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A crystal divider with ATtiny25

Crystal divider with ATtiny25

This describes a crystal-driven ATtiny25 that divides a crystal frequency by an adjustable constant. The divider can either be The drawings can be downloaded as LibreOffice-Draw file from here, the calculations as LibreOffice-Calc file from here.

Crystal divider with a mouse piano

The crystal divider's schematic with the mouse piano This is all you need:
  1. The four switches of the mouse piano select one of sixteen voltages, that are measured with the ADC1 input pin of the ATtiny25.
  2. The crystal X drives the ATtiny25, if its fuse is programmed for the external crystal.
  3. The frequency of the crystal is divided by the selected prescaler plus a compare value and a software divider and determines the output frequency.
  4. The output signal drives the PB0 pin, its inverted signal is on PB1.
  5. The controller can be programmed via the ISP6 pin connector.

Two-Dividers with the mouse piano

As an example, a 2.097152 MHz crystal is divided by factors between 1,048,576 and down to 32. This yields the output frequencies of 1 Hz, 2 Hz and, by a factor of 2N, up to 32,768 Hz. For this scheme see the sheet "TwoDivider" in the LibreOffice-Calc file here.

The possible dividers These are all possible dividers, by which the crystal frequency can be divided. The minimum possible divider is two, which would result in a frequency of 1,048,576 Hz with the given crystal. This is not exact, because the interrupt service routine would not function correct with a prescaler value of one, because each interrupt requires 22 clock cycles at a prescaler value of 1, which limits the minimum TC0 compare value to roughly 25 clock cycles. That yields a minimum divider of 50, and the maximum frequency is 41.9 kHz. If you need more than that: use a crystal with a higher frequency.

The maximum divider is 1024 * 256 * 256 * 2 = 134,217,728, which results in a frequency of 0.015625 Hz or 64 seconds per pulse.

These 16 different combinations of prescaler values, CTC compare values and software divider values with divider values of between 25 and 220 generate a table with the following content. Note that the dummy byte has been added to get any .db line to an even count, to fit it to the flash memory's word-wise structure.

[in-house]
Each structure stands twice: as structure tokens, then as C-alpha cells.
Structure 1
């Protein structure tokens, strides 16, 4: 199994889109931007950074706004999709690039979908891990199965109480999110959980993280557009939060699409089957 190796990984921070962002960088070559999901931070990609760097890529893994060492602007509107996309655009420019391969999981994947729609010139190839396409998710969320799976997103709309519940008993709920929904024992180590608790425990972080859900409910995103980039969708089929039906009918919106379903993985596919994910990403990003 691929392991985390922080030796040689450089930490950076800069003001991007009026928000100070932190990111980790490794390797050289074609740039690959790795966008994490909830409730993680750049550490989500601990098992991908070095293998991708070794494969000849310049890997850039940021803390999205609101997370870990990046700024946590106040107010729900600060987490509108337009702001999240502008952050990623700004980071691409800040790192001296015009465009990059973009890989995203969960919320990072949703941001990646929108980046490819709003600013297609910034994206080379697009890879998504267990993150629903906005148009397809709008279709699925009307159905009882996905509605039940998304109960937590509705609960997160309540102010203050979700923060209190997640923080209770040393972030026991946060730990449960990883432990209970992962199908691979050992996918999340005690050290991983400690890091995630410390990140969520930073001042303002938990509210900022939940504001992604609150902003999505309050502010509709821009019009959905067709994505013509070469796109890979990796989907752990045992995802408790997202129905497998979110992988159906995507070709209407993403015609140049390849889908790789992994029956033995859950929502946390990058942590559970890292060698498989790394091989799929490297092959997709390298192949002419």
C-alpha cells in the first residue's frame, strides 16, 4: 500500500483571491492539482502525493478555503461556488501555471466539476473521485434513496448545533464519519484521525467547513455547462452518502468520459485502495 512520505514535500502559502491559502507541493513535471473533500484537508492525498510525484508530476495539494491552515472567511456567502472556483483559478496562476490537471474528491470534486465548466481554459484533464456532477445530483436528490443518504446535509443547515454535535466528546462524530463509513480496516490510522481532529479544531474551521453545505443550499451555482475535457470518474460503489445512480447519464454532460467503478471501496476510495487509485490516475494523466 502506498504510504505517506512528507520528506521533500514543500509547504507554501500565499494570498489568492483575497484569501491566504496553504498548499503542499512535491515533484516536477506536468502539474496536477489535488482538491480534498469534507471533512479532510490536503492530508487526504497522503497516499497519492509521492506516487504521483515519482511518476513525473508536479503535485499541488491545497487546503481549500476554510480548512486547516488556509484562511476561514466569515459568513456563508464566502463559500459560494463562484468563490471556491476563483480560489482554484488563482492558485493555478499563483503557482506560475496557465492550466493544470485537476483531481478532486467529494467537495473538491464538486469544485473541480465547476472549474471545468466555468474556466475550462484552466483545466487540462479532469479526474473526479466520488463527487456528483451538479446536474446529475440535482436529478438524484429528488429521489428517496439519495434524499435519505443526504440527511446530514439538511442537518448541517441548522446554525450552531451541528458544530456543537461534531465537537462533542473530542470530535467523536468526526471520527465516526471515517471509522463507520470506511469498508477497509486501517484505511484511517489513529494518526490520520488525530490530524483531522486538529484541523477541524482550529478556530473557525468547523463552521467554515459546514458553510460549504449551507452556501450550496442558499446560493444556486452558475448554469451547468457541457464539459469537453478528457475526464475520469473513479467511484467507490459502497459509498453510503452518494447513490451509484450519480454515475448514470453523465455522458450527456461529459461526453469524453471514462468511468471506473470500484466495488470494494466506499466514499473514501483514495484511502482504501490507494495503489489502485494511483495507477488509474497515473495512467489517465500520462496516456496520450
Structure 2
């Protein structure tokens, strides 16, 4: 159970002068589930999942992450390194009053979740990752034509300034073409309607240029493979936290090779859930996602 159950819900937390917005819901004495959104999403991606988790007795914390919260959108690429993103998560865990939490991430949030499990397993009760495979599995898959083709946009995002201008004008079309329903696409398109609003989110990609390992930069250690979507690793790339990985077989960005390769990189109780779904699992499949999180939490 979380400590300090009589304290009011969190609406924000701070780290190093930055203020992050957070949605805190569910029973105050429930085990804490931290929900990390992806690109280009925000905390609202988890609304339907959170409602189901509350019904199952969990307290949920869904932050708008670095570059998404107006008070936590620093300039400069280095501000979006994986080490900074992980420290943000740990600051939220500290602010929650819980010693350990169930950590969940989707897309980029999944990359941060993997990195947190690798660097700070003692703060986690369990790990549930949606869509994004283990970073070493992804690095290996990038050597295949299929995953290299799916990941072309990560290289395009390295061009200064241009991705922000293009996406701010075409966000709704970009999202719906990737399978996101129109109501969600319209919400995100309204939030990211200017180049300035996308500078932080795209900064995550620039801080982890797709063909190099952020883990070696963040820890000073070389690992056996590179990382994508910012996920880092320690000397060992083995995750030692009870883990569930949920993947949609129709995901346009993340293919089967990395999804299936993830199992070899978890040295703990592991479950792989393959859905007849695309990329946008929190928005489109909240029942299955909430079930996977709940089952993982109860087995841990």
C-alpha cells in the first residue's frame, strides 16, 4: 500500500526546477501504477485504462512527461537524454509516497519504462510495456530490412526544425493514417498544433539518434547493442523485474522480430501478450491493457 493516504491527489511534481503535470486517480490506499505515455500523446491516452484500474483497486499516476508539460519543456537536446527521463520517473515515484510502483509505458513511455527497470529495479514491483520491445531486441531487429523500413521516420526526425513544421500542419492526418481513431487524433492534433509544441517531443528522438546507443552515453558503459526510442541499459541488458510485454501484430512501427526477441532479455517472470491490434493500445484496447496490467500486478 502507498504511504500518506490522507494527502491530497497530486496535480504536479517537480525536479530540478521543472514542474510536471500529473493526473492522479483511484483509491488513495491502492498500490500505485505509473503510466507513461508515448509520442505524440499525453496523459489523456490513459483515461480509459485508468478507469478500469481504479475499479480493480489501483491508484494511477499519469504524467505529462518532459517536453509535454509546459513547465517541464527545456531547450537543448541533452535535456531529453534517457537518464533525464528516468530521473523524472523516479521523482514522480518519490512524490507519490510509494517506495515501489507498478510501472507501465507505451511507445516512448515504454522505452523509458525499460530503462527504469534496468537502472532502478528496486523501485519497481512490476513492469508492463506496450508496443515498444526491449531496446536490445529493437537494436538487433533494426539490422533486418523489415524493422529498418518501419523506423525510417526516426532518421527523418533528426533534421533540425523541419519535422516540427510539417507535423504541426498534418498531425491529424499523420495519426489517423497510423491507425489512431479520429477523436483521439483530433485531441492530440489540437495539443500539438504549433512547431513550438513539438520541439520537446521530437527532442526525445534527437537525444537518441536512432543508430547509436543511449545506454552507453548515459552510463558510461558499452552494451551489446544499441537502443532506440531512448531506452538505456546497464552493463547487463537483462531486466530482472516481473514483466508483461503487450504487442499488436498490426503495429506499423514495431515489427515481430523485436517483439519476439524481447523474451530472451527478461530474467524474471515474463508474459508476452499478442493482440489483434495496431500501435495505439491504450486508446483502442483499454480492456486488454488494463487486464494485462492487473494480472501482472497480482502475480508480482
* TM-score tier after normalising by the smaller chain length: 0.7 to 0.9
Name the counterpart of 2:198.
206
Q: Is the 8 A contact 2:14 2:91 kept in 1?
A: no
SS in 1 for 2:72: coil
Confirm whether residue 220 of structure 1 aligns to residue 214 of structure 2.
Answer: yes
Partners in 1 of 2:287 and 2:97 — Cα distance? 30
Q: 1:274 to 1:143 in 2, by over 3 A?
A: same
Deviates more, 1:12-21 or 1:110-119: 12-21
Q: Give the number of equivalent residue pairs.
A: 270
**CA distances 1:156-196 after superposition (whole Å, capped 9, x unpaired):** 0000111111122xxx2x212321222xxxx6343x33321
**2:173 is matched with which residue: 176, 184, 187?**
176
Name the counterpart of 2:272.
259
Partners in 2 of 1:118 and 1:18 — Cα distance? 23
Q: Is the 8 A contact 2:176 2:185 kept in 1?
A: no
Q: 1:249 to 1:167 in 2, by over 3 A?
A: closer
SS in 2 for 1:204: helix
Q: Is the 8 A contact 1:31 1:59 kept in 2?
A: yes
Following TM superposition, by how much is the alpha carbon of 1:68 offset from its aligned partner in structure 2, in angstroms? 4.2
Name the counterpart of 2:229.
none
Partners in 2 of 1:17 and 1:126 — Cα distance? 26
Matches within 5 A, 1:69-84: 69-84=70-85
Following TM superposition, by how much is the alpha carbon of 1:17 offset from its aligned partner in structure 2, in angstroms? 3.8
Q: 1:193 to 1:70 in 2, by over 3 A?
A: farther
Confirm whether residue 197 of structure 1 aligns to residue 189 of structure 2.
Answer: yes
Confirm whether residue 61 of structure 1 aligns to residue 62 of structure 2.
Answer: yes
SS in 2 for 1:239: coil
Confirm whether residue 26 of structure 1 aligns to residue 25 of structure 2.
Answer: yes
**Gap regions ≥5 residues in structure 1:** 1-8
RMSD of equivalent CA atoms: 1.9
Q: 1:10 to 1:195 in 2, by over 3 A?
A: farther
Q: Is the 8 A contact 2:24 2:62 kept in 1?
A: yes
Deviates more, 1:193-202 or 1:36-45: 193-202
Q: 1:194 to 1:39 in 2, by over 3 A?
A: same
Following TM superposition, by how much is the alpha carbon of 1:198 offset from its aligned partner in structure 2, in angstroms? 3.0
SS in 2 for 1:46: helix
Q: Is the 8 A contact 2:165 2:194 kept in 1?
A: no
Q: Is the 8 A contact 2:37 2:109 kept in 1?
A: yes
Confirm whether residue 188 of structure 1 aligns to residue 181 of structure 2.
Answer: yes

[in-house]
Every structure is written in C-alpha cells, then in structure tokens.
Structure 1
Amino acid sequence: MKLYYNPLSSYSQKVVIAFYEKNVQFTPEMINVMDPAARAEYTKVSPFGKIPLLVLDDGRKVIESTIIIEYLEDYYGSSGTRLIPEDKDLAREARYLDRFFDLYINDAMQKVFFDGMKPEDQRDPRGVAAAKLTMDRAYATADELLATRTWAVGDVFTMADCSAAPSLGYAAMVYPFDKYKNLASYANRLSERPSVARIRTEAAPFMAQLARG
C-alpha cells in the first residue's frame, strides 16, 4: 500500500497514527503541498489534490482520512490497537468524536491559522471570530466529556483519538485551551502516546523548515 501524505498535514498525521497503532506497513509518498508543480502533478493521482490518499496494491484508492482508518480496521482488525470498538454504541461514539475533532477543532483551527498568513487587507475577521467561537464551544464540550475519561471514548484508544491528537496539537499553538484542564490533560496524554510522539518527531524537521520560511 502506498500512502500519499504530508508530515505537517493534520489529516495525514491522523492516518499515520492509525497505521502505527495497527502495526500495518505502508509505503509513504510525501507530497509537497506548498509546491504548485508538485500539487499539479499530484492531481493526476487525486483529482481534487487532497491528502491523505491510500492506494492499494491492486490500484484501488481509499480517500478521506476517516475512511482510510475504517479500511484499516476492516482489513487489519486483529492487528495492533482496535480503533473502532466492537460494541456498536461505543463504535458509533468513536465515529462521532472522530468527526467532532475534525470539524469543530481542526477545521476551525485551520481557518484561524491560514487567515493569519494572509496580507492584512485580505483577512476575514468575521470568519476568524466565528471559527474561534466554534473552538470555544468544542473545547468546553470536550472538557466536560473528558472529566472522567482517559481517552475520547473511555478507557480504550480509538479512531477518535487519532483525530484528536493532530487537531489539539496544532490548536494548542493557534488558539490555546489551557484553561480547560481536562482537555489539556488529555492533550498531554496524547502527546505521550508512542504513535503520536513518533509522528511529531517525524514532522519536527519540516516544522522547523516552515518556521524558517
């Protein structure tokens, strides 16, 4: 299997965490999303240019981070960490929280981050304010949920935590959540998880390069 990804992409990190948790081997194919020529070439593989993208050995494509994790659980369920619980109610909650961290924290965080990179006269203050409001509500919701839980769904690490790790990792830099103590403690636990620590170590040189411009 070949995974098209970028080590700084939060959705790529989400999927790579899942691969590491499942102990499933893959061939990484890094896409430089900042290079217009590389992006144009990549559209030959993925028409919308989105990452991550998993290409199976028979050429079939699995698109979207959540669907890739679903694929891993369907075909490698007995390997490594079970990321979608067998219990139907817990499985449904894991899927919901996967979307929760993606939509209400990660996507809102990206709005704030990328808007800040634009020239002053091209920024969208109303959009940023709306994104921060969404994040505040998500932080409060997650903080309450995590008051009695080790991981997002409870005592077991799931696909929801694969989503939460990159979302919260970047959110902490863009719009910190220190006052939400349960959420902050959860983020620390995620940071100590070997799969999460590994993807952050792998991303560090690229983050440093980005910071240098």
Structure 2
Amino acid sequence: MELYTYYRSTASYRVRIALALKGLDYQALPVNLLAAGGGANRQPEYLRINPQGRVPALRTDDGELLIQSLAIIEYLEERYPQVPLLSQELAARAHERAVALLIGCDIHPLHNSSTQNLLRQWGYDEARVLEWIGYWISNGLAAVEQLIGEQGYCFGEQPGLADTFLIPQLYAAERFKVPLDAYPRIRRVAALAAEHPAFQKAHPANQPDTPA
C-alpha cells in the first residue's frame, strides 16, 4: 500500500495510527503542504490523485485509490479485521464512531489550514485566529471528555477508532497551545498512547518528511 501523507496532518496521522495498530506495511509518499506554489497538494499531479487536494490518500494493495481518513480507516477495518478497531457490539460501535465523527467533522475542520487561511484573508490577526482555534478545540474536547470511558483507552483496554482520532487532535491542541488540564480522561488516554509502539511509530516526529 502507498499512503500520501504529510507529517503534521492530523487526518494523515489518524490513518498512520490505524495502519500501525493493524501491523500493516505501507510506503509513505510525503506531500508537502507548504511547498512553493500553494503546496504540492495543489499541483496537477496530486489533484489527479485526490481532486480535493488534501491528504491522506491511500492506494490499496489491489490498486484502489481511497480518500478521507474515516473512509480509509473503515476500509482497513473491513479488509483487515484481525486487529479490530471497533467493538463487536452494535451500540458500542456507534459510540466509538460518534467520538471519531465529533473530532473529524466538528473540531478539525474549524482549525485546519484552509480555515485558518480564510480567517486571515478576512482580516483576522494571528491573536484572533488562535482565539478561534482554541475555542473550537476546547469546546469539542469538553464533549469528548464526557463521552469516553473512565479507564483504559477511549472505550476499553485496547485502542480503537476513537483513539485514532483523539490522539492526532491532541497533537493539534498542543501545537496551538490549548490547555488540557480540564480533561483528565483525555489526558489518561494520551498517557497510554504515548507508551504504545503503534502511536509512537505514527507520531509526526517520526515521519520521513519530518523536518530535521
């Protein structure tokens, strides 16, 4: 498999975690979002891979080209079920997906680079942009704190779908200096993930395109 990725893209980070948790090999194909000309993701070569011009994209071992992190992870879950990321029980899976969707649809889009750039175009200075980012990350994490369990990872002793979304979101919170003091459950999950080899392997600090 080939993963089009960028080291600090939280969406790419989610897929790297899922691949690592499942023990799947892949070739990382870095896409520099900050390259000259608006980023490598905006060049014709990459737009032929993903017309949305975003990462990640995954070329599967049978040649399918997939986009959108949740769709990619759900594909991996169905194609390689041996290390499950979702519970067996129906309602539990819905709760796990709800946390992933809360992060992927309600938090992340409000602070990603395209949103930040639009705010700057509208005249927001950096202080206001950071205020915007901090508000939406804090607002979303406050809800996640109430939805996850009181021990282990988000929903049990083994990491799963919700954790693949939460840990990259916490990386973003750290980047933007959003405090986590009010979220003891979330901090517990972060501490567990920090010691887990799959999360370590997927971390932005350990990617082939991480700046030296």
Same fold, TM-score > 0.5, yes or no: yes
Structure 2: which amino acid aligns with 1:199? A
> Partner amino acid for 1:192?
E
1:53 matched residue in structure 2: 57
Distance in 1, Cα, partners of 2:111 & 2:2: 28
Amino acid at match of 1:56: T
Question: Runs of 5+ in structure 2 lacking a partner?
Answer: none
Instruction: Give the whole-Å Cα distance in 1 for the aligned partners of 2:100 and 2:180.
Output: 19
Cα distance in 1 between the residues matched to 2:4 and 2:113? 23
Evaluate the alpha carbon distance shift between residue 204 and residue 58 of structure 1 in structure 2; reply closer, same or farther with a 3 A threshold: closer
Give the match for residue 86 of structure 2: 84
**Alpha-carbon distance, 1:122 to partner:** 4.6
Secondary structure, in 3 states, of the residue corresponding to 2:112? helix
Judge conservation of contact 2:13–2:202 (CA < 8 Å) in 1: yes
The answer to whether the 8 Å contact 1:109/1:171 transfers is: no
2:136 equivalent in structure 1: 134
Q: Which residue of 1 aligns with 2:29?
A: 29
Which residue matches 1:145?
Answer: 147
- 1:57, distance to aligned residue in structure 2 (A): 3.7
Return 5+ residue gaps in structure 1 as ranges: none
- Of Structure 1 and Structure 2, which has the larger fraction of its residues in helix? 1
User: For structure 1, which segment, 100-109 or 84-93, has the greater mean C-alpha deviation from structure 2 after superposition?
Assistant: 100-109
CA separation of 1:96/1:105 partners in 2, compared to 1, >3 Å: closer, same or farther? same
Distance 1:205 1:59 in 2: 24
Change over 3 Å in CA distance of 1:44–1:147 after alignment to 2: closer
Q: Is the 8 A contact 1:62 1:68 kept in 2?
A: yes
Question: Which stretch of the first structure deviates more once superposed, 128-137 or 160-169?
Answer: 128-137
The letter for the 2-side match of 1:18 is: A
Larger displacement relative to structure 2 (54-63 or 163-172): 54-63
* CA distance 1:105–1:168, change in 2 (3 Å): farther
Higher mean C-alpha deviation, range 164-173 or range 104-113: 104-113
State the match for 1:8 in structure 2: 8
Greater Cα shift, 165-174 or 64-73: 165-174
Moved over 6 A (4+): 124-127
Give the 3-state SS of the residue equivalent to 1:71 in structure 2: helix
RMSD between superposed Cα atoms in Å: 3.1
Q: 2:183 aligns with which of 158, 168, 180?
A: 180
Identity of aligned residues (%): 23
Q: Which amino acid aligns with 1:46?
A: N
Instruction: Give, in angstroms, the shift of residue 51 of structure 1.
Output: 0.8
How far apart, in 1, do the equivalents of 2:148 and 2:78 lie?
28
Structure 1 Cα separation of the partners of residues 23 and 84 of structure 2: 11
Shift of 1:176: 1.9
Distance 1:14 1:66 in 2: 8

CodeTable: ; 1=CS0x, 2=comp, 3=soft divider, 4=dummyDIP-Swf(eff) Hz
.db (1<<CS02)|(1<<CS00),255,4,001
.db (1<<CS02)|(1<<CS00),255,2,012
.db (1<<CS02)|(1<<CS00),255,1,024
.db (1<<CS02)|(1<<CS00),127,1,038
.db (1<<CS02)|(1<<CS00),63,1,0416
.db 1<<CS02,127,1,0532
.db 1<<CS02,63,1,0664
.db (1<<CS01)|(1<<CS00),127,1,07128
.db (1<<CS01)|(1<<CS00),63,1,08256
.db 1<<CS01,255,1,09512
.db 1<<CS01,127,1,0101,024
.db 1<<CS01,63,1,0112,048
.db 1<<CS00,255,1,0124,096
.db 1<<CS00,127,1,0138,192
.db 1<<CS00,63,1,01416,384
.db 1<<CS00,31,1,01532,768

Of course, you can equip the CodeTable with any other data to generate different frequencies. When changing, be aware that with a CS0x of 1 a minimum of 25 for the CTC compare should be respected, otherwise the device will not function correct. For CS0x=2 (prescaler value = 8) that minimum should be 3, other CS0x combinations are unlimited.

Getting the mouse piano's switch state

The calculation sheet "MousePiano" in the LibreOffice-Calc file here allows to play with the resistors of the mouse piano. Note that all ADC measurements are 10 bit and repeated 64 times to be added up to a 16-bit result.

As can be seen from the table, the upper resistor tolerance voltages are all below the lower tolerance voltages of the next combination of switches. If you change resistors and if tolerance areas overlap, the respective overlapping values in the plus-column turn red.

The conversion of ADC results to code table entries goes like this:
  1. Z points to the beginning of the ADC table entry below.
  2. X points to the first code table entry.
  3. Compare the ADC sum with the LSB and MSB of the ADC table. If carry is set (ADC sum smaller than ADC table entry), skip the whole conversion.
  4. If not, compare the ADC sum with the LSB and MSB of the next ADC table entry. If the carry is set (ADC sum is below the second entry), the correct entry has been found. Then read the three bytes that X points to (the TCCR0B, the OCR0A and the software divider) to their registers.
  5. If the carry is not set, add 4 to X and repeat from step 3 on.
  6. In any case, clear the ADC sum, set the ADC counter to 64 and start the next conversion.
The ADC table is as follows:

; Resistors: R0=4k7, R1=15k, R2=6k8, R3=3k3, R4=1k5, all 1.0%
  .dw 0,447 ; 0
  .dw 15360,15936 ; 1
  .dw 26432,27008 ; 2
  .dw 32512,33216 ; 3
  .dw 38144,38848 ; 4
  .dw 41280,41920 ; 5
  .dw 44160,44800 ; 6
  .dw 46144,46720 ; 7
  .dw 49408,49920 ; 8
  .dw 50560,51072 ; 9
  .dw 51712,52224 ; 10
  .dw 52544,52992 ; 11
  .dw 53504,53952 ; 12
  .dw 54144,54592 ; 13
  .dw 54848,55232 ; 14
  .dw 55360,55744 ; 15
  .dw 65535,65535 ; End of table

The last entry in the table stops further execution of the loop, because any sum value larger than 55,743 leads to an error condition. The maximum sum can be 1,023 * 64 = 65,472, if the ADC is at +5V. And comparision with 65,535 then, in any case, yields a carry.